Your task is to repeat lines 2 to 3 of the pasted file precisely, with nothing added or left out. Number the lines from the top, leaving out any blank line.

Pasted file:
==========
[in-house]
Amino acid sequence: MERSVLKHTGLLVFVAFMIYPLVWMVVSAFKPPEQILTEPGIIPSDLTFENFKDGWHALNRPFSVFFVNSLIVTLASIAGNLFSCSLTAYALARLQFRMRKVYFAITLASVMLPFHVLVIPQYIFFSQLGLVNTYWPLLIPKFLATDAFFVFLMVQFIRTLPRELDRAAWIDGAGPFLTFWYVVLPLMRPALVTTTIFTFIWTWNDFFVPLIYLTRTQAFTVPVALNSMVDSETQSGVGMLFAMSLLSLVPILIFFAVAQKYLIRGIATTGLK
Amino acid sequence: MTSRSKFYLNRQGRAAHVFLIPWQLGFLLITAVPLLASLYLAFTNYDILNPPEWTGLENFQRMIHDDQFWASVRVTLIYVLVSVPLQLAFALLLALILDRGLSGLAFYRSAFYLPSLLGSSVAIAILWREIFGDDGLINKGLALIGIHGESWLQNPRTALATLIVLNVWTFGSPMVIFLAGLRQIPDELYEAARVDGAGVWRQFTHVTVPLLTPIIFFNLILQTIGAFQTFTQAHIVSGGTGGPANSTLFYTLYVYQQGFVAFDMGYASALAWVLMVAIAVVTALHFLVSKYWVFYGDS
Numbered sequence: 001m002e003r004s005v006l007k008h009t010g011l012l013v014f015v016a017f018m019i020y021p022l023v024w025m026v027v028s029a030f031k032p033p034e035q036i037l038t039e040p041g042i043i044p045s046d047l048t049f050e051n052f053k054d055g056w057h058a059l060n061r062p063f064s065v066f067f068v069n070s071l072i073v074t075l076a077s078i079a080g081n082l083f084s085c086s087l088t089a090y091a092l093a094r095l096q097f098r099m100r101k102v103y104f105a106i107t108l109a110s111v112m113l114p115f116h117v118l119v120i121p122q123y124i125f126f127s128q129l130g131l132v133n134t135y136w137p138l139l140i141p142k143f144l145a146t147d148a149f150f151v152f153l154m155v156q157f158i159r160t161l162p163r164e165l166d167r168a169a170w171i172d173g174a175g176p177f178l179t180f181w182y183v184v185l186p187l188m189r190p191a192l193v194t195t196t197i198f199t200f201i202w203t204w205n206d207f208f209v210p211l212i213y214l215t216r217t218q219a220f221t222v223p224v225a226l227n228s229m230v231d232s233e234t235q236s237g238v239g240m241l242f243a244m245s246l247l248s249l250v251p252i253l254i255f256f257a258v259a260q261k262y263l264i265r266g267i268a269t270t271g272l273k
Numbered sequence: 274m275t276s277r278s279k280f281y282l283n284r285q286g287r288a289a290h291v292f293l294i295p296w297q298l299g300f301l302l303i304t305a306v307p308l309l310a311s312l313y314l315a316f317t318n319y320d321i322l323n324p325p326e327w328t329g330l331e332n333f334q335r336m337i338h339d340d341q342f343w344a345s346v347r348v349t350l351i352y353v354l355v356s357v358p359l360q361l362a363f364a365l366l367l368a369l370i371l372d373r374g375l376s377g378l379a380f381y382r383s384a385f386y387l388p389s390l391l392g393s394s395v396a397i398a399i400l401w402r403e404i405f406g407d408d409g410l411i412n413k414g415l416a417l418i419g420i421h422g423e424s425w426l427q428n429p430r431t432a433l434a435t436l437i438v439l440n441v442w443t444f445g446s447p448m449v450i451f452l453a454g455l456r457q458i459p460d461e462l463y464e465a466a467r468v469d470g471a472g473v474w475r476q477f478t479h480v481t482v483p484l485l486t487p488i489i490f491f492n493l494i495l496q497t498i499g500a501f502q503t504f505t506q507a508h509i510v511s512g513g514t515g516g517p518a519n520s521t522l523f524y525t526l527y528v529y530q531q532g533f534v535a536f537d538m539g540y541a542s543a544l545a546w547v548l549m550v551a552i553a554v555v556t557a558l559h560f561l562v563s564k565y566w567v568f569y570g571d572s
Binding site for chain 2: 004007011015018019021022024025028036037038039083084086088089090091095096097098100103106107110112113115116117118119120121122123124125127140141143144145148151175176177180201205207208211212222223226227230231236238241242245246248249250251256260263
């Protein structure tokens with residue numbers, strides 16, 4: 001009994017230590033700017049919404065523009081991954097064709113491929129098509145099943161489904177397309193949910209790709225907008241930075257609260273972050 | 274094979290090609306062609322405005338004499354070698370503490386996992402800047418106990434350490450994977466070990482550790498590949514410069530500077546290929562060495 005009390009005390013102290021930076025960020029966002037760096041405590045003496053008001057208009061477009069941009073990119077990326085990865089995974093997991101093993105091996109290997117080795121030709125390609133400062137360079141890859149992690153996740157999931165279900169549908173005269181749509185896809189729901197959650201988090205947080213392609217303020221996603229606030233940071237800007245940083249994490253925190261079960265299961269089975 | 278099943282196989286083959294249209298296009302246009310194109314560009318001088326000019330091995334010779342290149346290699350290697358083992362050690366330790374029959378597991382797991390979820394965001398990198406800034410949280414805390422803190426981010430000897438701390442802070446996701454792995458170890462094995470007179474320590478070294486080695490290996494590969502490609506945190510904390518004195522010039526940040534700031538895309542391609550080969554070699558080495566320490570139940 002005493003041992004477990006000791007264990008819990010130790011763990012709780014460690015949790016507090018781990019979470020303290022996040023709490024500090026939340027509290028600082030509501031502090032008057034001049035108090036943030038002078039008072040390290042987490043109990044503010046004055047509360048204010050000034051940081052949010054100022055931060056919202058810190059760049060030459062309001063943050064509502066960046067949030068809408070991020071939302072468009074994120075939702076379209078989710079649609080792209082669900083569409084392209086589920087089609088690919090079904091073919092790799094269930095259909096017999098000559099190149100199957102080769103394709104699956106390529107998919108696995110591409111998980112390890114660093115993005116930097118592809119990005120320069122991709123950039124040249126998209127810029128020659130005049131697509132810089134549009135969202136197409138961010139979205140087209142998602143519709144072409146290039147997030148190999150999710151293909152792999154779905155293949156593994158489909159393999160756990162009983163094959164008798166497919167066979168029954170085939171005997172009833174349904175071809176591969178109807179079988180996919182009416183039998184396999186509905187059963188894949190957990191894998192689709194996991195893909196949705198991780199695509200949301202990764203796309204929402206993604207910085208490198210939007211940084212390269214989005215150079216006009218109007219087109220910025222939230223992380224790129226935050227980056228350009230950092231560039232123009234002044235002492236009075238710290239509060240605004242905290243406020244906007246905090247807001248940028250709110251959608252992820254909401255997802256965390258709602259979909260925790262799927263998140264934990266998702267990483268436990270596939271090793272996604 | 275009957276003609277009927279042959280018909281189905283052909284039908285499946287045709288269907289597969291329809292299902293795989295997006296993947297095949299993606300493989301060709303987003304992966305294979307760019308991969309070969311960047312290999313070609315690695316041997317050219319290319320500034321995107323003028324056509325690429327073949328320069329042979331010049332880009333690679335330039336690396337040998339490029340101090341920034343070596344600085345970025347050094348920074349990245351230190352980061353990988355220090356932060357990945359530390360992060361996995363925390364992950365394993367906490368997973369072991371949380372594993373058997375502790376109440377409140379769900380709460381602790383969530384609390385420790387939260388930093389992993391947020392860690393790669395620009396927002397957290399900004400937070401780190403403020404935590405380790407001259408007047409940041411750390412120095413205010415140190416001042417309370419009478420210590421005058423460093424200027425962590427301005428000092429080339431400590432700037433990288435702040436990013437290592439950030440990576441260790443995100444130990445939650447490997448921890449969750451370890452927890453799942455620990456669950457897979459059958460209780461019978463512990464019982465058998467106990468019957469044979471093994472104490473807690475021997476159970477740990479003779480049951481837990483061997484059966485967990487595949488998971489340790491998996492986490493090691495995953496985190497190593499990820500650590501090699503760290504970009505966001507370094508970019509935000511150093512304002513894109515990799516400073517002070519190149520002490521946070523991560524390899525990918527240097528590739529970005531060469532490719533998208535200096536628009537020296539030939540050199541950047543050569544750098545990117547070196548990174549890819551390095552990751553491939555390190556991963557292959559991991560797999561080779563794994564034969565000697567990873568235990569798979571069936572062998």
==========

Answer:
Amino acid sequence: MERSVLKHTGLLVFVAFMIYPLVWMVVSAFKPPEQILTEPGIIPSDLTFENFKDGWHALNRPFSVFFVNSLIVTLASIAGNLFSCSLTAYALARLQFRMRKVYFAITLASVMLPFHVLVIPQYIFFSQLGLVNTYWPLLIPKFLATDAFFVFLMVQFIRTLPRELDRAAWIDGAGPFLTFWYVVLPLMRPALVTTTIFTFIWTWNDFFVPLIYLTRTQAFTVPVALNSMVDSETQSGVGMLFAMSLLSLVPILIFFAVAQKYLIRGIATTGLK
Amino acid sequence: MTSRSKFYLNRQGRAAHVFLIPWQLGFLLITAVPLLASLYLAFTNYDILNPPEWTGLENFQRMIHDDQFWASVRVTLIYVLVSVPLQLAFALLLALILDRGLSGLAFYRSAFYLPSLLGSSVAIAILWREIFGDDGLINKGLALIGIHGESWLQNPRTALATLIVLNVWTFGSPMVIFLAGLRQIPDELYEAARVDGAGVWRQFTHVTVPLLTPIIFFNLILQTIGAFQTFTQAHIVSGGTGGPANSTLFYTLYVYQQGFVAFDMGYASALAWVLMVAIAVVTALHFLVSKYWVFYGDS